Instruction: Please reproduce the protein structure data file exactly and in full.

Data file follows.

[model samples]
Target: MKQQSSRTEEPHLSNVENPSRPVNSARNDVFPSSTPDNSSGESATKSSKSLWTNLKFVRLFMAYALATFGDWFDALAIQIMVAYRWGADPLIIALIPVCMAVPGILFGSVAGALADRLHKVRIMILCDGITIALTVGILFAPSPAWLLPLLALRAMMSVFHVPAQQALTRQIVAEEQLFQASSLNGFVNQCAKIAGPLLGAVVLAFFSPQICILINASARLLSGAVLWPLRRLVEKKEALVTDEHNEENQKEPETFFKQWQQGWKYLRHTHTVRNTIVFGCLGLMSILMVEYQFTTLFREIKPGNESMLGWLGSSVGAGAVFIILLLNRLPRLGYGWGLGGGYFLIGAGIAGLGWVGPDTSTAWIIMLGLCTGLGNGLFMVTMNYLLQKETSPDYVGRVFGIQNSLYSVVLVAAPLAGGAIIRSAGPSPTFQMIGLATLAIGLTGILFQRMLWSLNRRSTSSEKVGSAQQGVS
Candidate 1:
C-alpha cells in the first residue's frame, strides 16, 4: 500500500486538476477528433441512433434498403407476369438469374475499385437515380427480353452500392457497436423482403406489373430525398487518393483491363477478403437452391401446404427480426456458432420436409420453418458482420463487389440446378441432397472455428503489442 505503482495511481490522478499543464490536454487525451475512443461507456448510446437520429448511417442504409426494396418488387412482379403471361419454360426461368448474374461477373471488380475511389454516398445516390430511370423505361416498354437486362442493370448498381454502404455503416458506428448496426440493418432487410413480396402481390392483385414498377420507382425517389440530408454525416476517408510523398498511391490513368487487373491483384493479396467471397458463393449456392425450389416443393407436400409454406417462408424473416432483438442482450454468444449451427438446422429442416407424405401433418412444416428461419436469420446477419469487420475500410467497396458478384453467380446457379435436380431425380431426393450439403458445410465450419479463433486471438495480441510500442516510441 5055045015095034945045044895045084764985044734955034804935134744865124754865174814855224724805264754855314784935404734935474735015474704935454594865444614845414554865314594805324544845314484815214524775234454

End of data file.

[model samples]
Target: MKQQSSRTEEPHLSNVENPSRPVNSARNDVFPSSTPDNSSGESATKSSKSLWTNLKFVRLFMAYALATFGDWFDALAIQIMVAYRWGADPLIIALIPVCMAVPGILFGSVAGALADRLHKVRIMILCDGITIALTVGILFAPSPAWLLPLLALRAMMSVFHVPAQQALTRQIVAEEQLFQASSLNGFVNQCAKIAGPLLGAVVLAFFSPQICILINASARLLSGAVLWPLRRLVEKKEALVTDEHNEENQKEPETFFKQWQQGWKYLRHTHTVRNTIVFGCLGLMSILMVEYQFTTLFREIKPGNESMLGWLGSSVGAGAVFIILLLNRLPRLGYGWGLGGGYFLIGAGIAGLGWVGPDTSTAWIIMLGLCTGLGNGLFMVTMNYLLQKETSPDYVGRVFGIQNSLYSVVLVAAPLAGGAIIRSAGPSPTFQMIGLATLAIGLTGILFQRMLWSLNRRSTSSEKVGSAQQGVS
Candidate 1:
C-alpha cells in the first residue's frame, strides 16, 4: 500500500486538476477528433441512433434498403407476369438469374475499385437515380427480353452500392457497436423482403406489373430525398487518393483491363477478403437452391401446404427480426456458432420436409420453418458482420463487389440446378441432397472455428503489442 505503482495511481490522478499543464490536454487525451475512443461507456448510446437520429448511417442504409426494396418488387412482379403471361419454360426461368448474374461477373471488380475511389454516398445516390430511370423505361416498354437486362442493370448498381454502404455503416458506428448496426440493418432487410413480396402481390392483385414498377420507382425517389440530408454525416476517408510523398498511391490513368487487373491483384493479396467471397458463393449456392425450389416443393407436400409454406417462408424473416432483438442482450454468444449451427438446422429442416407424405401433418412444416428461419436469420446477419469487420475500410467497396458478384453467380446457379435436380431425380431426393450439403458445410465450419479463433486471438495480441510500442516510441 5055045015095034945045044895045084764985044734955034804935134744865124754865174814855224724805264754855314784935404734935474735015474704935454594865444614845414554865314594805324544845314484815214524775234454